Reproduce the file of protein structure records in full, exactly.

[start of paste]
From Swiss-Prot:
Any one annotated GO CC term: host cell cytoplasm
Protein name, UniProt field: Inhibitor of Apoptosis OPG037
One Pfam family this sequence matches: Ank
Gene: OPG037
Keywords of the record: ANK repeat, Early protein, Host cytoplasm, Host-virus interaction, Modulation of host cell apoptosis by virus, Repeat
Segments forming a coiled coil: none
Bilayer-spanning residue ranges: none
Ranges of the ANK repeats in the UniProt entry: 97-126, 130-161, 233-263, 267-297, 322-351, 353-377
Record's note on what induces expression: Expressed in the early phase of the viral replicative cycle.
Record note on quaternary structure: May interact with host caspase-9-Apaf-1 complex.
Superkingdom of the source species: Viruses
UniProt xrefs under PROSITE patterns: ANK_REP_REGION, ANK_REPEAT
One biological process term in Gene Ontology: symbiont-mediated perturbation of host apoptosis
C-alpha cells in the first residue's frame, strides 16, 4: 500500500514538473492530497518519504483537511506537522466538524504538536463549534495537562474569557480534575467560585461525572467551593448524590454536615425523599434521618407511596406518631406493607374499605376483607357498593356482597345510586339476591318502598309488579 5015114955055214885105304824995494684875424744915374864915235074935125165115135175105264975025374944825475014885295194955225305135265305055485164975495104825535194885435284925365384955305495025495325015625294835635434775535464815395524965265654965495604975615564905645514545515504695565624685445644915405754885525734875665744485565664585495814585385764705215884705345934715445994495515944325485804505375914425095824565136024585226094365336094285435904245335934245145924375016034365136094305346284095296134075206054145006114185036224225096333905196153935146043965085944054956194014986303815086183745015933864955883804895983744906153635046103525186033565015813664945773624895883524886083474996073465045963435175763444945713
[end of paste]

From Swiss-Prot:
Any one annotated GO CC term: host cell cytoplasm
Protein name, UniProt field: Inhibitor of Apoptosis OPG037
One Pfam family this sequence matches: Ank
Gene: OPG037
Keywords of the record: ANK repeat, Early protein, Host cytoplasm, Host-virus interaction, Modulation of host cell apoptosis by virus, Repeat
Segments forming a coiled coil: none
Bilayer-spanning residue ranges: none
Ranges of the ANK repeats in the UniProt entry: 97-126, 130-161, 233-263, 267-297, 322-351, 353-377
Record's note on what induces expression: Expressed in the early phase of the viral replicative cycle.
Record note on quaternary structure: May interact with host caspase-9-Apaf-1 complex.
Superkingdom of the source species: Viruses
UniProt xrefs under PROSITE patterns: ANK_REP_REGION, ANK_REPEAT
One biological process term in Gene Ontology: symbiont-mediated perturbation of host apoptosis
C-alpha cells in the first residue's frame, strides 16, 4: 500500500514538473492530497518519504483537511506537522466538524504538536463549534495537562474569557480534575467560585461525572467551593448524590454536615425523599434521618407511596406518631406493607374499605376483607357498593356482597345510586339476591318502598309488579 5015114955055214885105304824995494684875424744915374864915235074935125165115135175105264975025374944825475014885295194955225305135265305055485164975495104825535194885435284925365384955305495025495325015625294835635434775535464815395524965265654965495604975615564905645514545515504695565624685445644915405754885525734875665744485565664585495814585385764705215884705345934715445994495515944325485804505375914425095824565136024585226094365336094285435904245335934245145924375016034365136094305346284095296134075206054145006114185036224225096333905196153935146043965085944054956194014986303815086183745015933864955883804895983744906153635046103525186033565015813664945773624895883524886083474996073465045963435175763444945713